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The Scriptures, 2009 Edition

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Overview

The Scriptures is a literal translation of the Bible. There are many stylistic features that set it apart from other Bible translations. For the Old Covenant Scriptures, this translation maintains the original book order of the Tanakh: Torah (Law), Nebi’im (Prophets), and Kethubim (Writings). The table of contents clearly outlines the order of the books for those unfamiliar with the Tanakh. Original Hebrew is used for the name of the Father and Son and other Hebrew names and places are transliterated. The footnotes and explanatory notes bring further clarity to the text.

  • Old Covenant Scriptures follow the Tanakh order
  • Includes a pronunciation table, footnotes, and explanatory notes
  • Improvements to the text—seeking a yet closer equivalent to the literal meaning of the original language
  • Removal of doctrinal comments from footnotes, explanatory notes etc., (including deletion of prophecy hairlines) in favour of more useful notes—thus clearing away obstacles to your unbiased study of Scripture
  • Maps, timelines, and illustrations have been added
  • Quotations / allusions from the Tanakh (O.T.) are in bold type in the Second Writings (N.T.), and are accompanied by the text references—aiding your understanding of the original contexts, and how they influence the writers drawing upon them

Reviews

15 ratings

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  1. Mark McKeown

    Mark McKeown

    3/19/2023

    Did a text comparison on Psalm 85. In every other translation on the first 4 verses they use past tense. Well it's perfect tense. You have forgiven, you have withdrawn you wrath etc. In this version it is you shall, using future tense. I know it's a slight thing perhaps, but it destroys the whole reason for the psalm. The writer is taking what God has done as reason and hope for Him showing mercy again. So teaching us the same examples of trust in a faithful, unchanging God. I really am shocked at this translation. I'm a bit hesitant now to read it. Could be placed along with The Message as something to beware of. Disappointed.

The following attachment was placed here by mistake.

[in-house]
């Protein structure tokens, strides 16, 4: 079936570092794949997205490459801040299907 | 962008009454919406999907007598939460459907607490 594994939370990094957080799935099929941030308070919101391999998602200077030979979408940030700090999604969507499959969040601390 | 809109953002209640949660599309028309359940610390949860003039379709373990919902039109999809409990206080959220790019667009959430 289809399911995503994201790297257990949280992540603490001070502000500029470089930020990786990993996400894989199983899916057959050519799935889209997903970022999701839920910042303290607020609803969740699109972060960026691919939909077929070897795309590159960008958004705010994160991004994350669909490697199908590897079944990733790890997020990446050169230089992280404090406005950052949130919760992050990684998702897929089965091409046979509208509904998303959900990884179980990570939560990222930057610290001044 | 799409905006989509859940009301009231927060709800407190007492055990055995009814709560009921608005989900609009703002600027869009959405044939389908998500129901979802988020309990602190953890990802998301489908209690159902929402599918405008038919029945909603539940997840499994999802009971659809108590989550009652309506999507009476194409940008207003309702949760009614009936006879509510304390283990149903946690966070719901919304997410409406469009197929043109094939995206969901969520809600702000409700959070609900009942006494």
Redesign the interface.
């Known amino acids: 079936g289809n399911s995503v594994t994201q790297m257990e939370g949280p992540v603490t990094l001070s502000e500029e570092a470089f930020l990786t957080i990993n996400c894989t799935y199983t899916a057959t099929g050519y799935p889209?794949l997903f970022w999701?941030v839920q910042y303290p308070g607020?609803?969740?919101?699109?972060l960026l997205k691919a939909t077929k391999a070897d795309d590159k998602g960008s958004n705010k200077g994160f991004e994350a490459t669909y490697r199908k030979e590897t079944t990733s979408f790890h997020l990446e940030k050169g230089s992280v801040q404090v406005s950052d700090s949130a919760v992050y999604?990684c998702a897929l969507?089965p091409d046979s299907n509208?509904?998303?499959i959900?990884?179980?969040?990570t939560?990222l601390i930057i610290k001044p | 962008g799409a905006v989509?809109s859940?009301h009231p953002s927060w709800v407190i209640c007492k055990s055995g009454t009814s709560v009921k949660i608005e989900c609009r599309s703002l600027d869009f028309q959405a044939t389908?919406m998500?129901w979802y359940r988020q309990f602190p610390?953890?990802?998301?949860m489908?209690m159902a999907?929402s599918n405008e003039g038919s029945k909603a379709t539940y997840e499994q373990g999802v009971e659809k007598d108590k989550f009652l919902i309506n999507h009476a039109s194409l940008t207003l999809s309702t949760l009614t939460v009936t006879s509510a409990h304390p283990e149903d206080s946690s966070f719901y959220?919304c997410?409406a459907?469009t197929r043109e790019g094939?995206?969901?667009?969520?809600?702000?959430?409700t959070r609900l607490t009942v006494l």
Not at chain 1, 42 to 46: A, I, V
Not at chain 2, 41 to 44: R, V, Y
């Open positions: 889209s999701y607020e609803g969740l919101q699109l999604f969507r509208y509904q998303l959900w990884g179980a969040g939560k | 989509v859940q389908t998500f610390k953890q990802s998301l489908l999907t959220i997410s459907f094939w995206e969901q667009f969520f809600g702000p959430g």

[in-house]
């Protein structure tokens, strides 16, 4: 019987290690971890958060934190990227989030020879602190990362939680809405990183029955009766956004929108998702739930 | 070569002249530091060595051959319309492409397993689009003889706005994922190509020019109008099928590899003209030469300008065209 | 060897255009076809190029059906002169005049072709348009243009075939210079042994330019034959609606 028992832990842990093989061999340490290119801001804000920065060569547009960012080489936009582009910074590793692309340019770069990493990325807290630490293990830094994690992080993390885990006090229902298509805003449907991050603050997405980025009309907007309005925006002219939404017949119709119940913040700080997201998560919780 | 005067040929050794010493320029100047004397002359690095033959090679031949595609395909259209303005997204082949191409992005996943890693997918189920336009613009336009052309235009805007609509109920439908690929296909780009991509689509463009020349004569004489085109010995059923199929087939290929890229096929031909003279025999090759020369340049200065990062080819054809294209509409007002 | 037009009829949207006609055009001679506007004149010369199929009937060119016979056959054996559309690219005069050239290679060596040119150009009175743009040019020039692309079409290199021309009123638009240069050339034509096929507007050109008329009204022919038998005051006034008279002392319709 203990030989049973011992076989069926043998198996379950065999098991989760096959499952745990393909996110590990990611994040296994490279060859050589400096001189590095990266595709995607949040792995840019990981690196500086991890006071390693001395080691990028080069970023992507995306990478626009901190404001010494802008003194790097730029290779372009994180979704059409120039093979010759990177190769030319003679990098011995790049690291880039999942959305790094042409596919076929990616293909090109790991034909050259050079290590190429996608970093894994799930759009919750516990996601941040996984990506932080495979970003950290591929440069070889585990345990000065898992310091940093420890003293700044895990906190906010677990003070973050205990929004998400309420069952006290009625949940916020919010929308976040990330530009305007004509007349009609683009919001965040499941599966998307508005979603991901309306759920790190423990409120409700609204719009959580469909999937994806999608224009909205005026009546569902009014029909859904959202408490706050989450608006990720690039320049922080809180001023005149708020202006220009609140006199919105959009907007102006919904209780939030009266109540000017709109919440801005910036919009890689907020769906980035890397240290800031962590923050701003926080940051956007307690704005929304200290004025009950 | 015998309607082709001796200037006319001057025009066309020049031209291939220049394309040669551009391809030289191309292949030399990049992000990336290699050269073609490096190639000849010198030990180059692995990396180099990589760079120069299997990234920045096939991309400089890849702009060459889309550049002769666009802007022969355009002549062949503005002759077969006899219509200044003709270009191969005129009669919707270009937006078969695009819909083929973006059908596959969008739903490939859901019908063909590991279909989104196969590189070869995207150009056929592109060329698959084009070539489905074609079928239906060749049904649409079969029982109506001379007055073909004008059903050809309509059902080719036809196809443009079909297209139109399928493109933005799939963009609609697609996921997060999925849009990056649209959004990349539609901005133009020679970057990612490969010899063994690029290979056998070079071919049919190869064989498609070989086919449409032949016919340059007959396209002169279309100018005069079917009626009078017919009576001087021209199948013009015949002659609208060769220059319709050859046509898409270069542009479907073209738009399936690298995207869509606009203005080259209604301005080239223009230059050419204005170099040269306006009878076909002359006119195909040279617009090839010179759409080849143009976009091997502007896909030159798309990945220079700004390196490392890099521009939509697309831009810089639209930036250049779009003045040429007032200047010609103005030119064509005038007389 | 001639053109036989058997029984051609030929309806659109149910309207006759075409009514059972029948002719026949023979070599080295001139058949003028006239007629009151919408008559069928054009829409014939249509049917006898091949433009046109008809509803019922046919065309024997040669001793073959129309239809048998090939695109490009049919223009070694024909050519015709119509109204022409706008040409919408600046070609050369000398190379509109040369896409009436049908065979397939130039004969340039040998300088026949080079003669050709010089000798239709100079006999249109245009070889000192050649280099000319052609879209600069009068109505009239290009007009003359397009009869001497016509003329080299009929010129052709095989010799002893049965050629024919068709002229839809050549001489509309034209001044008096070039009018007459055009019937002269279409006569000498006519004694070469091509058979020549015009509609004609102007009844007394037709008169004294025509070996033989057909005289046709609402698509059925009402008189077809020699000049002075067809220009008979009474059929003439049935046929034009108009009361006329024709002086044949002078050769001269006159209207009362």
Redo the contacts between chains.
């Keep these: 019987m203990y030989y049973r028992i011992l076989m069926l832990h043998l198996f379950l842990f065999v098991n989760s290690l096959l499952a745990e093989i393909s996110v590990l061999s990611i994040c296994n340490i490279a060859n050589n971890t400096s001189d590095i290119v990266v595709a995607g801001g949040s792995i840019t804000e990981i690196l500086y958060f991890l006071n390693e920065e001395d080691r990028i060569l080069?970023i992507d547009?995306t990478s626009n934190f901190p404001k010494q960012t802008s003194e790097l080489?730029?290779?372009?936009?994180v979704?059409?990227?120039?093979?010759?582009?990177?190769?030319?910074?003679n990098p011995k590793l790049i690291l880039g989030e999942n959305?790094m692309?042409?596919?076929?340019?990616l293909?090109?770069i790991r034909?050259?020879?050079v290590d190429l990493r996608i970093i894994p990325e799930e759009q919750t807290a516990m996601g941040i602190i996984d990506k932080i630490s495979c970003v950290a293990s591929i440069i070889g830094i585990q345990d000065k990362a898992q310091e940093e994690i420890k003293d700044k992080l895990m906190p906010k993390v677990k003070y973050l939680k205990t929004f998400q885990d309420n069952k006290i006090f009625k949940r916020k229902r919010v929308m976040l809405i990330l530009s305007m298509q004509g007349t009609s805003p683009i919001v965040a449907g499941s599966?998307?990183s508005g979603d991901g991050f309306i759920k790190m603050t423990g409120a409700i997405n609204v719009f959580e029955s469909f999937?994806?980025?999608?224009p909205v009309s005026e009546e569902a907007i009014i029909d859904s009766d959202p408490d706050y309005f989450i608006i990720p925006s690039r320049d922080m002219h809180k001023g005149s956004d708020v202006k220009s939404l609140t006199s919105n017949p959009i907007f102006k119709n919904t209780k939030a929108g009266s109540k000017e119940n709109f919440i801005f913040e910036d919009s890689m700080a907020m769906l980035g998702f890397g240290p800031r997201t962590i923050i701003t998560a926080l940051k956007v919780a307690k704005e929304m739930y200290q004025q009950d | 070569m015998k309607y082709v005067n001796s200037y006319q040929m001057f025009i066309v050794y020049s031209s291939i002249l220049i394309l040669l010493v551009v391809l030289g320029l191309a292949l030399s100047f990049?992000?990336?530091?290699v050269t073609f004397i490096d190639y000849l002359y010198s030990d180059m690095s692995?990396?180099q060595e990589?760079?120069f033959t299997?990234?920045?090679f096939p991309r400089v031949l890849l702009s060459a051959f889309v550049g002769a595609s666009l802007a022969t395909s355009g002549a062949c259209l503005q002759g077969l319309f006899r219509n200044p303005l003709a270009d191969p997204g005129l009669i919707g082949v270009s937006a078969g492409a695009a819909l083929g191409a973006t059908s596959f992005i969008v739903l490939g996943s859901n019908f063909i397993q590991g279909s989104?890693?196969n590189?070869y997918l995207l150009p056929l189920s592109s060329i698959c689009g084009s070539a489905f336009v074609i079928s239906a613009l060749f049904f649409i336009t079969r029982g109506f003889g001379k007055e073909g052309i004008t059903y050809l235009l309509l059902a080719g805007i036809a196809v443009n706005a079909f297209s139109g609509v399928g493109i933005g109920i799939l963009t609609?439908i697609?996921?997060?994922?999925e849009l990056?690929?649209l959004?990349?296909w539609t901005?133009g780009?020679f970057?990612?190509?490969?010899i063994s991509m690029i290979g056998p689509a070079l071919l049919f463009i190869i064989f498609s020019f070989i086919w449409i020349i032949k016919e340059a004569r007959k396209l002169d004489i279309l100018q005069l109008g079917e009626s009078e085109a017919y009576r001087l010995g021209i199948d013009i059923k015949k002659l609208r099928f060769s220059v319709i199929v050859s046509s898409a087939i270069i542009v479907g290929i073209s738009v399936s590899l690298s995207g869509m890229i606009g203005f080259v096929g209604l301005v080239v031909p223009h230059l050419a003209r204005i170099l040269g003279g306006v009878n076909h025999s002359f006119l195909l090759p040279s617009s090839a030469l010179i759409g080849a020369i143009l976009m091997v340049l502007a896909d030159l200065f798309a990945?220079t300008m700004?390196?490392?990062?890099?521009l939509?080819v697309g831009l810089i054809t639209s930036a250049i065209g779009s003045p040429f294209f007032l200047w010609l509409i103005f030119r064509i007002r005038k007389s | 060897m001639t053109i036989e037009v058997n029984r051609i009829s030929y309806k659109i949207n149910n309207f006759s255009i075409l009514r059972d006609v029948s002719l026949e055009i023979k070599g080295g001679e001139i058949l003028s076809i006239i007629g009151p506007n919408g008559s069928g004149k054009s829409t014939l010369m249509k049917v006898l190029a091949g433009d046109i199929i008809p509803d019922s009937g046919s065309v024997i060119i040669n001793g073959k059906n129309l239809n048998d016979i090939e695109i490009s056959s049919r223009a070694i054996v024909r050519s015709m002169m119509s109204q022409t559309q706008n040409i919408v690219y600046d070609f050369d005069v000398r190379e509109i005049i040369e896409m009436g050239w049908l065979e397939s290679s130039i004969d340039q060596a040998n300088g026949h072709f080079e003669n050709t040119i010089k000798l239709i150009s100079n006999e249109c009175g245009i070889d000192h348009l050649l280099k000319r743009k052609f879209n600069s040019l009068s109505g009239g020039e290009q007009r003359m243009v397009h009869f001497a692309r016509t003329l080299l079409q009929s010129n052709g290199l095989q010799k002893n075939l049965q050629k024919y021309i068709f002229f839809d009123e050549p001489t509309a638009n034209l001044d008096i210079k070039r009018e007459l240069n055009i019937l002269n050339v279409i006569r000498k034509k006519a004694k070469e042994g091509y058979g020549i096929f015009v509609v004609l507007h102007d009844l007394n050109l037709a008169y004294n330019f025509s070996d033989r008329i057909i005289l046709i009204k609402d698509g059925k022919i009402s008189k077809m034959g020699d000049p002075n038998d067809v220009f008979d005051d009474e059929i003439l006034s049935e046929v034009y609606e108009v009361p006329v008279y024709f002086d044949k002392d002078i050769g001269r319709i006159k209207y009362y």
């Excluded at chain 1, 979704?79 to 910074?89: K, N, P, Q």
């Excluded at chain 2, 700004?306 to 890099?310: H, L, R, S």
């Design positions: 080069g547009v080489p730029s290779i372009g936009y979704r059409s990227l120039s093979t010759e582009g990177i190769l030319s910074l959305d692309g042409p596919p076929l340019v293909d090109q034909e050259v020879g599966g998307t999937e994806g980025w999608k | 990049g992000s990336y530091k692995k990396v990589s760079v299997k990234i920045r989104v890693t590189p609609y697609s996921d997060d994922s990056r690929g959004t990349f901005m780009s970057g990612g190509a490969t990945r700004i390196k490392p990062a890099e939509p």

2. Ovadyah Lovell
  3. Jon S. Hoyle

    Jon S. Hoyle

    2/25/2023

    Katie Hoyle here.......FINALLY, it's available on Logos! I've been using this version for about six or so years. It will be nice to use on the computer along with the other versions of Scripture I like to use and compare......
  4. Jeffery Buckner
    I love this Bible .
  5. Chaplain L D Lewis
    I can't figure out how to access it, and there is no expert with which to chat.
  6. Robert Scull

    Robert Scull

    2/13/2023

    I’ve been using the TS2009 on eSword. I’m so glad Logos has finally made this version available.
  7. Joshua Keith Ensley
    As others have said, I am disappointed that not only do people still take the ISR seriously, but that Logos would publish such a destructive and heretical work. The original editor was what many consider a "sacred-name-only" proponent, refusing to include common English words like "Christ", "church", "altar", and even "God" & "Lord" so that "words and names, as far as possible, have been corrected in order to eliminate any names of idolatrous origin." This translation makes a point to promote a low Christology, such as its butchering of Romans 10:9—"That if you confess with your mouth the Master יהושע and believe in your heart that Elohim has raised Him from the dead, you shall be saved." and Titus 2:13's use of the Granville Sharp Rule—"13looking for the blessed expectation and esteemed appearance of the great Elohim and our Saviour יהושע Messiah," This "translation" is psudoscholarship and should not be featured on Logos, as its intention is to dissuade faithful members of the Church to forsake true, biblical Christology and to embrace the everything-is-pagan conspiracies riddling the internet.
  8. Jaron ter Beek
  9. Jonathan Brown
    I am disappointed to see people still take ISR seriously after decades of promoting this thing. It’s not an original translation, it’s an amended KJV. The original editor had no training in Biblical languages or Bible translation, and promoted numerous unbiblical ideas and conspiracy theories. The translation is riddled with bias and awkward readings, such as “slaughter place of incense” instead of “altar of incense” (because the original editor believed “altar” to be a pagan word). Other words excluded are “holy” and “church” for no reason other than the editor’s witch-hunt against this alleged “pagan influence.” I own three physical copies of the ISR 2009 and have spent quite a bit of time reviewing it (as well as the 1998 revision). It is awful and should not be trusted as a faithful English translation. If you really want a Messianic Bible, go with the TLV.
  10. Chris Blohn

    Chris Blohn

    1/14/2023

    I ordered this back in 2018. Nice to see that it’s now in production.

$9.99

Digital list price: $14.99
Save $5.00 (33%)